Back in 1975 when I was in the Lower Sixth Form at school my own mental health took a nose dive, although in those days it went undiagnosed. For two whole terms I hid from the world, unable to interact with my peers. I was rock bottom depressed, suicidal at times, and used to self-harm (not a lot, but a bit).
I'd flee from social situations and lock myself in my bedroom. I'd avoid school wherever possible with a long list of "illnesses" that meant I had to stay at home. And when I had no choice but to go to school, I pleaded with my mum to let me come home at dinnertime so I didn't have to face socialising. At break times I'd hide behind the lockers or take refuge in the art room. It got to the stage where I couldn't even sit in class comfortably - the urge to flee and hide was so very strong.
As the months went on things became even worse. I'd have sudden extreme angst outbursts - at home and at school - a bit (or a lot) like ED rages. I remember my mum collapsing in a heap of tears, several times, with my dad shouting: "Look what you've done to your mother!"
In those days, I was accused of being selfish - of being too introspective and self-obsessed. That, according to the GP, was the problem.
I drove my family to distraction - and in the end they brought in a counsellor who visited our home in an attempt to turn things around and take my mind off my "own problems and think of other people" instead of myself.
I don't remember any of what she said or did - except the suggestion that I join a club called Phab, for physically handicapped and able bodied young people. As their current website says: "It is a social gathering for people with a physical or mild learning disability together with able-bodied friends... Phab’s aim is to promote and encourage people of all abilities to come together on equal terms, to achieve complete inclusion within the wider community."
So, extremely reluctantly, I went along to Phab for their Friday evening get-together.
It wasn't a success. Not at first, at any rate.
The urge to flee was so strong I'd charge across the large meeting hall and lock myself in the toilets (bathroom) for the rest of the evening. And I did this week after week, until the person in charge persuaded me to come out.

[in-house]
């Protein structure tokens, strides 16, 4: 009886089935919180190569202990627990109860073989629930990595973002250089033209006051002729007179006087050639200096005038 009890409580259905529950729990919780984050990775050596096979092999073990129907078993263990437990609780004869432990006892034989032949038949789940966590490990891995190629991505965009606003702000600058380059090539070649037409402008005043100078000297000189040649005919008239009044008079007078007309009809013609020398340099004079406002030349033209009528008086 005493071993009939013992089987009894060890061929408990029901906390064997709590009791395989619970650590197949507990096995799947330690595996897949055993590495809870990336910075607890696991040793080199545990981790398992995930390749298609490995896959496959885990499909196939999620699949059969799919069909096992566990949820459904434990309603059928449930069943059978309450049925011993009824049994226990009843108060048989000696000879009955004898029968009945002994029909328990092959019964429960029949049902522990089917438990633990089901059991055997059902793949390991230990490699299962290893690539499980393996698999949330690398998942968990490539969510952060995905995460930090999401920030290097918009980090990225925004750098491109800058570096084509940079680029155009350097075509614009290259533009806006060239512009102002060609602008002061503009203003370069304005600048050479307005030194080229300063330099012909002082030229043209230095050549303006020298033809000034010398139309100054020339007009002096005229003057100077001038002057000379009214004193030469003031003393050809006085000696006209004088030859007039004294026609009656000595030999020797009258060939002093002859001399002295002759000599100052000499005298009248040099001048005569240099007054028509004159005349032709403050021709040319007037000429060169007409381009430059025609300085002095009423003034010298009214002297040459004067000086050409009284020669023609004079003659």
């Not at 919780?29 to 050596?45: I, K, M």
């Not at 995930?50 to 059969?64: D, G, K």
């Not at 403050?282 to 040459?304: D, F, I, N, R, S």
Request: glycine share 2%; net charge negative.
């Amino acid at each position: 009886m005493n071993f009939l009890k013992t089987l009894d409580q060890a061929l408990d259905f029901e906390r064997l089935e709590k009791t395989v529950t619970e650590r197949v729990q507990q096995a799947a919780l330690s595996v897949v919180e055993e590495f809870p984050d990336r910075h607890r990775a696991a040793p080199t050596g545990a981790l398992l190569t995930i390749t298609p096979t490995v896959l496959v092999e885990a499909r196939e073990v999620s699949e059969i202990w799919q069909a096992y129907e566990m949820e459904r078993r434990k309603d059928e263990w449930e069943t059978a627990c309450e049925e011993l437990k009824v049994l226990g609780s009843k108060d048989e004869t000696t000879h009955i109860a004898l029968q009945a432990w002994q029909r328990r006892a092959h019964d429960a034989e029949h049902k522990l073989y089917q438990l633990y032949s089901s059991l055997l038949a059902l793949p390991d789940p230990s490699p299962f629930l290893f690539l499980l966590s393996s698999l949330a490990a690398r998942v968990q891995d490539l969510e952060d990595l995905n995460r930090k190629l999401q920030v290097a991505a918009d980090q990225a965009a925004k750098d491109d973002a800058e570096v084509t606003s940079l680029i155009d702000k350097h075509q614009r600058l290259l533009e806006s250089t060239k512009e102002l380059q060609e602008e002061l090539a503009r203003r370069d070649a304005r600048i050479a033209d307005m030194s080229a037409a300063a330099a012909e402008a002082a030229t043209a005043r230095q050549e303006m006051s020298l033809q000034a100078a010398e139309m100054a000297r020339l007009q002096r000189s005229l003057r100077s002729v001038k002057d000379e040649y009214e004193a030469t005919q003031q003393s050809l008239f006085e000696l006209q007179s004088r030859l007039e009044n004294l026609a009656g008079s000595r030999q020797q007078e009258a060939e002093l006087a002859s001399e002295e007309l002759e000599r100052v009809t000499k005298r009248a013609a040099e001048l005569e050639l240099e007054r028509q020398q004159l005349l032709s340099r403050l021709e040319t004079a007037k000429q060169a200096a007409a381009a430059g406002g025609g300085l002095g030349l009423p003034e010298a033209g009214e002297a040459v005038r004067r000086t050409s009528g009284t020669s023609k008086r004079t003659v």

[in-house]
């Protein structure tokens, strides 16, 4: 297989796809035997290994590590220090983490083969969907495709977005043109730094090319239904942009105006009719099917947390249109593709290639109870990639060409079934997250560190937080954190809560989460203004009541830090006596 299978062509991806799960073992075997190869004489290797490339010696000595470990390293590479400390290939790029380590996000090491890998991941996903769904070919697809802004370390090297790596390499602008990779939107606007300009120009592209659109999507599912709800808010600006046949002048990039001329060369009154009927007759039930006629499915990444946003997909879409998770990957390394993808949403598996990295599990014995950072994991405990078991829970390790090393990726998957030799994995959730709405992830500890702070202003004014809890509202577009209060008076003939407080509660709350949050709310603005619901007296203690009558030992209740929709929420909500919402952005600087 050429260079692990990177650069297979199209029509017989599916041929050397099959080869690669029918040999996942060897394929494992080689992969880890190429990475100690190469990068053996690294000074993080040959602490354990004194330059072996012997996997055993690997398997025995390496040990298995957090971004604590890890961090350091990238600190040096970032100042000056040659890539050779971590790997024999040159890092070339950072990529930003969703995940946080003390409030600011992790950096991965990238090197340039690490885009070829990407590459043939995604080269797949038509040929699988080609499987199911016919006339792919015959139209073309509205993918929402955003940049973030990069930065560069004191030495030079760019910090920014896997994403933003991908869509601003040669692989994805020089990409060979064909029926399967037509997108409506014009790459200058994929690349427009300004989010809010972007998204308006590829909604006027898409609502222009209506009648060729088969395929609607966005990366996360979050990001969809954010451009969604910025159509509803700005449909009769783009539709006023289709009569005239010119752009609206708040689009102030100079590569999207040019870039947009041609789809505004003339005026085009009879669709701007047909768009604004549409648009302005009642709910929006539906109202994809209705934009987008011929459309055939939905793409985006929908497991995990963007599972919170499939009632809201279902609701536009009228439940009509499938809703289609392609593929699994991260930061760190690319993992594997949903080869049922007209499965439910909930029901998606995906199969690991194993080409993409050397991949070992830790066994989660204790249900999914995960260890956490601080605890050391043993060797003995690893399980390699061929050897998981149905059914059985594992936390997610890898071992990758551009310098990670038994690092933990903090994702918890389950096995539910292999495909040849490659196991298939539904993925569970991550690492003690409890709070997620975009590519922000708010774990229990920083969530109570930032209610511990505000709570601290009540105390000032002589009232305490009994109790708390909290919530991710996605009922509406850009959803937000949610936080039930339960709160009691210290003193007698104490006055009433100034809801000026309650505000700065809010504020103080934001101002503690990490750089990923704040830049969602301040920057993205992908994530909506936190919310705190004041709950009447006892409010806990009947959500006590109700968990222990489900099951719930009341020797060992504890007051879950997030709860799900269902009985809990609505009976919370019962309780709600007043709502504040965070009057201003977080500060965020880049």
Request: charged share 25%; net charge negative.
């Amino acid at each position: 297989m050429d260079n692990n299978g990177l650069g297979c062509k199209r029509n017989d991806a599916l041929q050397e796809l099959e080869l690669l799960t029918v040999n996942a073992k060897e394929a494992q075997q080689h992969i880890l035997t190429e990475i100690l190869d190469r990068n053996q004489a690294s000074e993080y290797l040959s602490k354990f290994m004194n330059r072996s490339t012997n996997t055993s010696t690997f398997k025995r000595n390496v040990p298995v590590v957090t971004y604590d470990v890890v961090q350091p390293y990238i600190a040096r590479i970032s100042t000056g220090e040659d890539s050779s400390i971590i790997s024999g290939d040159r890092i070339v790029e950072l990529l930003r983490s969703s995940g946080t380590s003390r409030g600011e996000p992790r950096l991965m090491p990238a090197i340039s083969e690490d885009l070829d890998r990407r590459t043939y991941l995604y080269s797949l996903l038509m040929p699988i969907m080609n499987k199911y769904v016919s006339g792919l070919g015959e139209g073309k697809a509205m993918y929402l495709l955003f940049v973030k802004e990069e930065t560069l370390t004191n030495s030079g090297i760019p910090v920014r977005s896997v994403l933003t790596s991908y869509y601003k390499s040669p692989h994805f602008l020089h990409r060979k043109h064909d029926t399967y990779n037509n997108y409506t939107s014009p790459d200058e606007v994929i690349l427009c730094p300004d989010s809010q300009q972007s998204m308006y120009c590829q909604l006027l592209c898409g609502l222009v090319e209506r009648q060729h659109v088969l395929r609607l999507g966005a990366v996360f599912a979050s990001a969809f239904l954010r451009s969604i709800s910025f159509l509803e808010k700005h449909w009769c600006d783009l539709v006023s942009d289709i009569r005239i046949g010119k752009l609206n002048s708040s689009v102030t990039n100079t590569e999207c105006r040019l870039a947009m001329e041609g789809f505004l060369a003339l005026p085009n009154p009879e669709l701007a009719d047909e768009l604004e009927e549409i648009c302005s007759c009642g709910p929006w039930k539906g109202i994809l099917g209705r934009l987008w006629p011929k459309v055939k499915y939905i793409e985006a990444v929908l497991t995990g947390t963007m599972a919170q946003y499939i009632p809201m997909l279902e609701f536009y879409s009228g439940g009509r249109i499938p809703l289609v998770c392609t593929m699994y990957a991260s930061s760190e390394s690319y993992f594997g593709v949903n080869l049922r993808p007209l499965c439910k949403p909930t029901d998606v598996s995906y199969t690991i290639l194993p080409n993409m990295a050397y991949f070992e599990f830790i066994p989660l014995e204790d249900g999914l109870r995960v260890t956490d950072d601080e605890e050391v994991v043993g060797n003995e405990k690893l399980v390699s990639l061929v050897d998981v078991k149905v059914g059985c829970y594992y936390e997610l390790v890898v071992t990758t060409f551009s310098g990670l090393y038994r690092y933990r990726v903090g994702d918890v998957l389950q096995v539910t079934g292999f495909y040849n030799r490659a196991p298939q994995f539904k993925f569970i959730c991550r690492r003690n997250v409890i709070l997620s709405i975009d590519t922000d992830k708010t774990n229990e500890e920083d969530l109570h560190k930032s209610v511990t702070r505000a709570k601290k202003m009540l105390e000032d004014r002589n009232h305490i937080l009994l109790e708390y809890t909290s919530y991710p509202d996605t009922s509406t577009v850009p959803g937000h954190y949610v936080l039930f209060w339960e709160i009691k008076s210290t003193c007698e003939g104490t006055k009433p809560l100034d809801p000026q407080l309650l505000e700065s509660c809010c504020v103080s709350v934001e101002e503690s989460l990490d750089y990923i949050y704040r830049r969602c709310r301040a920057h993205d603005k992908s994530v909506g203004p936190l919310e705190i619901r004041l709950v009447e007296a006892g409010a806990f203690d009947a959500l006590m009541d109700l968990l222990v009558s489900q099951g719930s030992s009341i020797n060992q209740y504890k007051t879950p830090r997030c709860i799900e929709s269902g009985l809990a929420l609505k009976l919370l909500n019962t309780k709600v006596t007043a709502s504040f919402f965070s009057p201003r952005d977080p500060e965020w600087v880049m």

I remember pouring my heart out to her in her office. Everything that had been going on with me over the past months. I felt hugely vulnerable and almost 'naked' confessing everything to a complete stranger. Depressive illnesses like this are such a private thing.
Within no time she'd discovered I played the guitar and arranged for me to teach a group of disabled girls for half an hour every Friday. After that, I could flee back to the toilets if I wanted. But, hey, actually I notice you're good at art - and we need someone to take charge of publicity. How about joining our committee and getting involved? Or maybe you could sit on the door and take subscriptions at the start of the evening? We're desperate for help...
And the rest, as they say, was history.
Of course it wasn't an instant transformation - but gradually transform I did.
By the summer I was part of the 'in crowd' that sat on the table at the back of the hall. We took turns in taking subscriptions. I organised publicity and helped with fund-raising. One of the older girls who had her own flat threw an 18th birthday party for me. I went from strength to strength.
Phab still meets on a Friday evening - same time, same place. And at 3am it came to me that it wouldn't do Ben any harm to give it a go. And, like I was, he would be required to stick it out. Back in 1975 if I'd have had a choice I'd have done a runner after my first visit, 2nd visit, 3rd... But I was told I had to stick it out. And I did.
Now I'm not saying that I think Phab would be good so "selfish" Ben can "think of other people's problems instead of his own". I know that's an out-dated way of thinking. I think it might be good because places like Phab are far more accepting of people with 'issues', whatever those issues may be. And, if it's anything like it was in my day, they'll work actively to help the young person integrate and be useful. Plus, it will get Ben out of the house and into a social situation.
It might just work. Worth a try at any rate...